So, I haven't seriously make photographs since ~2019. I started a new (stressful and all-consuming) job, then COVID hit, then I had to dismantle my darkroom during a move, etc. etc. etc.
I missed photography, but it wasn't until 2023 that I was ready to start photographing again. Unfortunately, more personal drama and another job switch happened.
Now, it's 2024 and I'm back for real.
I'm going to use this blog to document my return to photography and switch away from 35mm to 8x10.
1. Why aren't you shooting 35mm any more?
This is a tough one, since my "best" (or at least my favorite images) over the past few years have all been taken with vintage 35mm gear: My beloved Minolta SRT-101 ($15 at a thrift store) and my cherished Minolta Rokkor 58mm f/1.4 lens ($25 at a thrift store).
I still love my 35mm gear, but I just cannot bring myself to pay $15 per roll of Kodak Porta or Revolog Kolor (when it isn't sold out). I also no longer have a quality film scanner. Most importantly, I can't believe that the manufacturers will continue to manufacture the emulsions I like. My heart was broken by Fujifilm FP-100c, which was discontinued shortly after I started using it almost exclusively to create emulsion lifts, recovered negatives, etc. on my Mamiya RZ67.
I've shot 4x5 extensively in the past, and I had always wanted to learn the wet plate process. I've decided to start over and build an 8x10 system that will allow me to shoot wet plate in a large enough size to be meaningful and use inexpensive paper negatives. I have no intention of shooting E-6 or C41 color on 8x10 because of cost constraints and the fact that I can no longer scan 8x10 negatives without spending $1300 on a new Epson V850 scanner. (My super cheap Epson V19 works perfectly for scanning wet plates and paper negatives!)
2. What is your 8x10 system?
Since I love shooting portraiture and nudes on location, and since I no longer have a large darkroom in my garage, I've purchased a car-portable darkroom. It's snug, but it works really well.
My camera is a ~1920s Kodak 2D 8x10. It's definitely got some miles on it, it's not super stable, and some of the controls are janky. But the price was right and it's nice looking.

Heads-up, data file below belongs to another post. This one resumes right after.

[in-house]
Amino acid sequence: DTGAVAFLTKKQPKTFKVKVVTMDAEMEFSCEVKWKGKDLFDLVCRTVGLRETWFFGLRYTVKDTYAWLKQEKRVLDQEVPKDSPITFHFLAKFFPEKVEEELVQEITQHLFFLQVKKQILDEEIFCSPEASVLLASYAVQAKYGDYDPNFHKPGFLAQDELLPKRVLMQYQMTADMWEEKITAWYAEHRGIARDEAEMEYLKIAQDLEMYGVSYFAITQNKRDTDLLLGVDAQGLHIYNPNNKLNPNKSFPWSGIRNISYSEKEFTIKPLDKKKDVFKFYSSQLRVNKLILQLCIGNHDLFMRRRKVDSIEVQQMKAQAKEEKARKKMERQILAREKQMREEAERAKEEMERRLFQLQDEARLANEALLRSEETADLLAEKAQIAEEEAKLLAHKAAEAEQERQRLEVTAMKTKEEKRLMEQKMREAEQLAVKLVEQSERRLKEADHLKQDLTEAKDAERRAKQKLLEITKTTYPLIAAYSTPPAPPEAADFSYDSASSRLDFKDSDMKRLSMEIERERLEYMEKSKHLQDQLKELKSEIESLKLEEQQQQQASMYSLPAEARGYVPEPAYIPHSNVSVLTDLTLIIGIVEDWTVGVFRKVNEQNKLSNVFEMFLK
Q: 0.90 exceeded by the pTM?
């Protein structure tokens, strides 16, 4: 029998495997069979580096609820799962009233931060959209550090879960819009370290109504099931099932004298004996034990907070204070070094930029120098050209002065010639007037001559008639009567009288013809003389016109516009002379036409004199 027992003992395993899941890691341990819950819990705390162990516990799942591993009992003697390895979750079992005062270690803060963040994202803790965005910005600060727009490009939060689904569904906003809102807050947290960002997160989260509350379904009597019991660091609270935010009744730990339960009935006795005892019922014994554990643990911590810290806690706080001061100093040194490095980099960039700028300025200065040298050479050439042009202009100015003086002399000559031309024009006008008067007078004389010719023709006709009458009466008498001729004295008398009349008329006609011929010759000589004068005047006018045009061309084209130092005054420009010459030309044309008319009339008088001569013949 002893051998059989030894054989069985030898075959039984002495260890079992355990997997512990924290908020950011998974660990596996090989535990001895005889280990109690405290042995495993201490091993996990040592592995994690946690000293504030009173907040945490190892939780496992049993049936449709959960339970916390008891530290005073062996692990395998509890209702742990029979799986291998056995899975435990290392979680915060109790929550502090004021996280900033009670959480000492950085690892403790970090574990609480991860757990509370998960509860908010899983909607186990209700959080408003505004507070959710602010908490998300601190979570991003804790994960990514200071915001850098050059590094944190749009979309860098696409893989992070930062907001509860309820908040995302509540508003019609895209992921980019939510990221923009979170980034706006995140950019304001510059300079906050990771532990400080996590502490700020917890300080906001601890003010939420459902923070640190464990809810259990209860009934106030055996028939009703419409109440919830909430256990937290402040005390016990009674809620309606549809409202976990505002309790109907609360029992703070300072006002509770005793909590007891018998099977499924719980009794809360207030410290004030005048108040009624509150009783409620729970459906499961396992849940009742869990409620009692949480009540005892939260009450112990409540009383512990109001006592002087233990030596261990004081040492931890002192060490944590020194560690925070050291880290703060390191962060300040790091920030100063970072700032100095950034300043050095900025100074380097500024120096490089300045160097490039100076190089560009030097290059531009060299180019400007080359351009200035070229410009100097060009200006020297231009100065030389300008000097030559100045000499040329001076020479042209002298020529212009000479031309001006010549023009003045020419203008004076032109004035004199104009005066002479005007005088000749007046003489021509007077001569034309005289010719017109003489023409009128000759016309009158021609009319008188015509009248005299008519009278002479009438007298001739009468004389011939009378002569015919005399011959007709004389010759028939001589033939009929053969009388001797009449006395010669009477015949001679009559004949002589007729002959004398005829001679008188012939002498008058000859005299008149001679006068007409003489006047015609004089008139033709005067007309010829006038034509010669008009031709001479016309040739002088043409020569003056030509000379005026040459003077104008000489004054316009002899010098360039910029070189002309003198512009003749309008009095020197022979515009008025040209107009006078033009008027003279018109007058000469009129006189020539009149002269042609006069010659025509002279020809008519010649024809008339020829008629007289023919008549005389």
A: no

My lenses are the really fun part.
The all-star is a 364mm f/4.7 Voigtlander Petzval lens dated to 1865 or 1866. It weighs almost five pounds, so it's not the most stable on my Kodak 2D camera. I had to upgrade my tripod just for this lens.
I also have a ~1900s-1910s Ross Universal 400mm f/6 petzval lens.
Finally, for wider angles and when I want to shoot something with a shutter, I have an inexpensive but high quality Fujinon-W S 250mm f/6.7.
My Gitzo carbon fiber tripod wasn't up to the task of keeping my camera and lens stable, so I finally bought a Ries wooden tripod. It weighs a ton, was really expensive, and took forever to ship, but it's a beautiful piece of equipment that is up to the task.
3. Where are you new photographs?
I'm working on it. I don't want to use the same shooting locations that I've used in the past, and I recently moved. I'm currently scouting new locations where I live, figuring out how to convert my garage into a studio, and figuring out how to shoot outside of my house in good light with a seamless paper background to fake the look of a good studio.
I have all of the equipment, chemistry, and other supplies ready to shoot wet plate. I'm currently watching videos and waiting for a workshop so that I can learn how to pour plates correctly from someone in person.
In the meantime, I have been shooting paper negatives on Ilford VC RC glossy paper. This has been fun, since it has been a great way to get back into the darkroom using supplies that don't cost an arm and a leg! I shoot my paper at ~ ISO 1, so it's also a great way for me to get used to the longer exposures I'll be working with in wet plate, practice using a lens cap and counting off seconds instead of a shutter, etc. Here are a couple of shots:
I'm happy with this portrait of my beloved. This is an 8 second exposure, and using a head brace kept it reasonably sharp. The exposure I estimated was just about spot on, and further practice will reduce the mild vibrations that are affecting this image. Bonus: The shallow DOF of the Voigtlander petzval hides my messy garage.
I'm significantly less happy with this photo of an old farm building. This was an 8 second exposure using my 400mm f/6 Ross Universal petzval. It's a boring photograph of a subject that needs a wider angle lens, and my exposure estimate was off -- this should have been a ~16 second exposure. I also overdid the rear tilt. I'm also not seeing the famous petzval bokeh in it. But at least it's sharp!
Please stay tuned. Hopefully I'll be opening a new "Wet Plate" section of my portfolio. In the meantime, I'll keep writing to document my progress learning a new historic photo technique.